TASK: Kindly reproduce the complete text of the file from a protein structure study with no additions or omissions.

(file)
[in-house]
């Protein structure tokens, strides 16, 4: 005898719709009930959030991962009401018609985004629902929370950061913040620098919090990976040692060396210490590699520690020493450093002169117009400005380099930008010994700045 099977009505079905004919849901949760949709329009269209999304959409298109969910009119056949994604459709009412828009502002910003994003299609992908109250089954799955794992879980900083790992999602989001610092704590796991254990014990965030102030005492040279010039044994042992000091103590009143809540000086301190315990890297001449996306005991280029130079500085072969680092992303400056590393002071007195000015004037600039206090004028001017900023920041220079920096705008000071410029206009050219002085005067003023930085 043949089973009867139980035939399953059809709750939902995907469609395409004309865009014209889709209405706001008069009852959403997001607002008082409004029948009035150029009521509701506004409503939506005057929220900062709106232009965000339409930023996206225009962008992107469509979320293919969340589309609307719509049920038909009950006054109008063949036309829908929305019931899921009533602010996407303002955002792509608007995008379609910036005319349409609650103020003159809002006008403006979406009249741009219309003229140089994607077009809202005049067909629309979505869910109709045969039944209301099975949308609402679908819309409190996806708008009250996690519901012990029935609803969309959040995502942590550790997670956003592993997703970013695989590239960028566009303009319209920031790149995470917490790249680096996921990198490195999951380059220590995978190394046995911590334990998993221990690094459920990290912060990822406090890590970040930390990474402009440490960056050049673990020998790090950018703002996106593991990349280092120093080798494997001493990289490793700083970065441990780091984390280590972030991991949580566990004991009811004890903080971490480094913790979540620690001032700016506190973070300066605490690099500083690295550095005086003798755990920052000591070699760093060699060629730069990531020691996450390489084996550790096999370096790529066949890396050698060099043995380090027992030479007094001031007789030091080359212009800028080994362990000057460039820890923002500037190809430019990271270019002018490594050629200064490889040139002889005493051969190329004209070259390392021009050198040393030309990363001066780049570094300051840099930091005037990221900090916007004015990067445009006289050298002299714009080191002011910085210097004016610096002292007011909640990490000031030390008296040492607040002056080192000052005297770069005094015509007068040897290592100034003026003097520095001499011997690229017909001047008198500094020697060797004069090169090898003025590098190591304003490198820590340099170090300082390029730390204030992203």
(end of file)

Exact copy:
[in-house]
């Protein structure tokens, strides 16, 4: 005898719709009930959030991962009401018609985004629902929370950061913040620098919090990976040692060396210490590699520690020493450093002169117009400005380099930008010994700045 099977009505079905004919849901949760949709329009269209999304959409298109969910009119056949994604459709009412828009502002910003994003299609992908109250089954799955794992879980900083790992999602989001610092704590796991254990014990965030102030005492040279010039044994042992000091103590009143809540000086301190315990890297001449996306005991280029130079500085072969680092992303400056590393002071007195000015004037600039206090004028001017900023920041220079920096705008000071410029206009050219002085005067003023930085 043949089973009867139980035939399953059809709750939902995907469609395409004309865009014209889709209405706001008069009852959403997001607002008082409004029948009035150029009521509701506004409503939506005057929220900062709106232009965000339409930023996206225009962008992107469509979320293919969340589309609307719509049920038909009950006054109008063949036309829908929305019931899921009533602010996407303002955002792509608007995008379609910036005319349409609650103020003159809002006008403006979406009249741009219309003229140089994607077009809202005049067909629309979505869910109709045969039944209301099975949308609402679908819309409190996806708008009250996690519901012990029935609803969309959040995502942590550790997670956003592993997703970013695989590239960028566009303009319209920031790149995470917490790249680096996921990198490195999951380059220590995978190394046995911590334990998993221990690094459920990290912060990822406090890590970040930390990474402009440490960056050049673990020998790090950018703002996106593991990349280092120093080798494997001493990289490793700083970065441990780091984390280590972030991991949580566990004991009811004890903080971490480094913790979540620690001032700016506190973070300066605490690099500083690295550095005086003798755990920052000591070699760093060699060629730069990531020691996450390489084996550790096999370096790529066949890396050698060099043995380090027992030479007094001031007789030091080359212009800028080994362990000057460039820890923002500037190809430019990271270019002018490594050629200064490889040139002889005493051969190329004209070259390392021009050198040393030309990363001066780049570094300051840099930091005037990221900090916007004015990067445009006289050298002299714009080191002011910085210097004016610096002292007011909640990490000031030390008296040492607040002056080192000052005297770069005094015509007068040897290592100034003026003097520095001499011997690229017909001047008198500094020697060797004069090169090898003025590098190591304003490198820590340099170090300082390029730390204030992203």